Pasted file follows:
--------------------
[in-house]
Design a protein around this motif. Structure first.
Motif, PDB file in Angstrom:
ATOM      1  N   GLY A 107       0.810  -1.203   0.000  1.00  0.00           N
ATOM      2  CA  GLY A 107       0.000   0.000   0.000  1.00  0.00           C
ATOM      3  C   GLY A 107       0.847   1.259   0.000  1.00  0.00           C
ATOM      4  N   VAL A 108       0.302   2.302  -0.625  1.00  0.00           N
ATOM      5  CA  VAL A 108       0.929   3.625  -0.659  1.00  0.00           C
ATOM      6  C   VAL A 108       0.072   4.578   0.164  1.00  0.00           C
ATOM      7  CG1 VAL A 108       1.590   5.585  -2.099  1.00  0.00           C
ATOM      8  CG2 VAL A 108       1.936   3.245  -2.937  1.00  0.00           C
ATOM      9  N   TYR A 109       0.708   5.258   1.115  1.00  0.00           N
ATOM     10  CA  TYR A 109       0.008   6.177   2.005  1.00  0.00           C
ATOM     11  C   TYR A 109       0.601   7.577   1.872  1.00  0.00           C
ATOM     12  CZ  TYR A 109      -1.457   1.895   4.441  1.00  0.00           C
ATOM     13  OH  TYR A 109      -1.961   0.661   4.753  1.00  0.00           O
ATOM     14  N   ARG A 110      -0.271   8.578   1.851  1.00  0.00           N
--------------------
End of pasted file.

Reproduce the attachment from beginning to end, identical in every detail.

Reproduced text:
[in-house]
Design a protein around this motif. Structure first.
Motif, PDB file in Angstrom:
ATOM      1  N   GLY A 107       0.810  -1.203   0.000  1.00  0.00           N
ATOM      2  CA  GLY A 107       0.000   0.000   0.000  1.00  0.00           C
ATOM      3  C   GLY A 107       0.847   1.259   0.000  1.00  0.00           C
ATOM      4  N   VAL A 108       0.302   2.302  -0.625  1.00  0.00           N
ATOM      5  CA  VAL A 108       0.929   3.625  -0.659  1.00  0.00           C
ATOM      6  C   VAL A 108       0.072   4.578   0.164  1.00  0.00           C
ATOM      7  CG1 VAL A 108       1.590   5.585  -2.099  1.00  0.00           C
ATOM      8  CG2 VAL A 108       1.936   3.245  -2.937  1.00  0.00           C
ATOM      9  N   TYR A 109       0.708   5.258   1.115  1.00  0.00           N
ATOM     10  CA  TYR A 109       0.008   6.177   2.005  1.00  0.00           C
ATOM     11  C   TYR A 109       0.601   7.577   1.872  1.00  0.00           C
ATOM     12  CZ  TYR A 109      -1.457   1.895   4.441  1.00  0.00           C
ATOM     13  OH  TYR A 109      -1.961   0.661   4.753  1.00  0.00           O
ATOM     14  N   ARG A 110      -0.271   8.578   1.851  1.00  0.00           N